Database Design for Mere Mortals

Michael J. Hernandez

Mentioned 2

A guide to relational database design covers such topics as setting objectives, establishing table structures, and identifying and establishing business rules.

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Mentioned in questions and answers.

I am fairly new to SQL so appologies if this questions sounds odd.

I keep coming accross the issue of poor data. As an example London could be stored as LON, London UK, London England etc. Prior to using SQL I had lots of Excel lookup tables where in the first column I would have the original then the 2n the corrected version. As an example:

Name             Name_1
London, UK       London
Lon              London
LON              London
London           London
London, England  London
LND              London

Is there a straightforward way of doing this in SQL, I am currently trying to create lookup tables and then use joins. This is becoming tricky as I do not always have corrections for every instance, so in some scenarions (most) my lookup tables have fewer items than what I'm joining them to.

I've been teaching myself about stored procedures and I wondered if this could fit what I need. Trouble is my searching on the subject of lookup tables is coming up empty.

Any advice or pointers would be gratefully received. Even if it is just this cannot be done.

Thanks as always for you help and appologies for the long post.

The bottom line... bad data is bad data and it takes a lot of work to either use bad data or clean bad data or both.

UPDATE AFTER CLARIFICATION

Build your own ETL (Extract, Transform, Load) process to handle all the variant incoming data. Your ETL process will most likely get modified with each new batch of data you receive because you will have to trap for new "Bad Data" variants.

Import the data into an ALL VARCHAR table
Run the ETL Process

  • Good Data goes into real data tables
  • Bad data goes into an exception table

Repeat
Modify ETL Process
Run ETL Process
Until No More Exceptions

-- End Update

If you use LEFT JOIN you can identify the missing values fairly easily.

SELECT
t1.FirstName,
t1.LookupField,
t2.Name_1
FROM People as t1
LEFT INNER JOIN TableLookupCities as t2
ON t1.LookupField = t2.Name

Anywhere t2.Name_1 returns a NULL you know you need to add that "LookupField" to your lookup table. Here is a good book for learning database design Database Design for Mere Mortals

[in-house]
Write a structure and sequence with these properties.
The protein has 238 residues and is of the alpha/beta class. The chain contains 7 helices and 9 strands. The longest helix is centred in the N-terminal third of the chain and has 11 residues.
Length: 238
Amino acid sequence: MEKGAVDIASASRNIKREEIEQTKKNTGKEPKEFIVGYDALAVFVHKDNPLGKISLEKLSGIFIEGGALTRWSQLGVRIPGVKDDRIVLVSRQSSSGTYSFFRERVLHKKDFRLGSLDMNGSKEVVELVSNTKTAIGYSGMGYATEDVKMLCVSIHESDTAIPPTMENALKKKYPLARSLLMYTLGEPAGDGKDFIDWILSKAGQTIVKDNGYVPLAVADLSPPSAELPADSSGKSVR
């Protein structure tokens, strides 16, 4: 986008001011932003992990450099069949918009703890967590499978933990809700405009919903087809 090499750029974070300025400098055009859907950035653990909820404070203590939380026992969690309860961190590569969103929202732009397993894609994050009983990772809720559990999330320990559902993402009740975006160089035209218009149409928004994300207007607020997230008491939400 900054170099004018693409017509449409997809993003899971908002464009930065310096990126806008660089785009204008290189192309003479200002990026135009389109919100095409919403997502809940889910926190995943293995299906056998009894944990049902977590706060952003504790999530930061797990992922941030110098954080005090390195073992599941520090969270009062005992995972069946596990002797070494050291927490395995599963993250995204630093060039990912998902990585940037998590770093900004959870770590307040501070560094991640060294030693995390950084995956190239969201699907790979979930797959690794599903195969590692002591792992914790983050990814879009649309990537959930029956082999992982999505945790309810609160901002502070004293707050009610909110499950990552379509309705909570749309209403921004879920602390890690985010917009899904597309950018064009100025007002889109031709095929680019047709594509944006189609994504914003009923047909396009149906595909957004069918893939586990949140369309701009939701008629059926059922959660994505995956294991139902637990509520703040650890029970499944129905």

-- Group By to Find Missing Unique Values
t1.LookupField,
t2.Name_1
FROM People as t1
LEFT INNER JOIN TableLookupCities as t2
ON t1.LookupField = t2.Name
GROUP BY 
t1.LookupField,
t2.Name_1

Some people tell me null is evil within a relational database is this true or just subjective?

Answer:

I believe in black and white answers... Yes, Null values in a relational database are bad. Some individuals (including senior level DBAs) will argue that some NULL values are fine for this that and other, but this is like saying some water in a gas tank is OK. Yes, technically a car will still run, albeit poorly, with some water in the tank, but wouldn't you avoid it if you could? The more NULL values in a database the more SQL you will write for your reports.

If data is optional then the business model obviously does not "need" it, and so you're better off either leaving it out or enforcing it so that it must be captured.

Recomendation

For individuals looking for answers to this and similar questions, I cannot recommend Database Design for Mere Mortals: second edition strong enough. It was recommended to me by a software architect and I have yet to meet anyone who recommends anything else. I actually purchased two copies just in case.

There is also a newer Database Design for Mere Mortals: third edition by the same author. I have not purchased this yet, so I can't say better or worse.

Personal Note: As far as this Question & answer being "primarily opinion-based" goes, please bear in mind that an opinion without logical evidence to the contrary is not opinion at all- It's a fact. If another SSRS or Crystal Reports Analyst/Developer comes in here and says "NULL values are no problem at all" then I will remove my answer.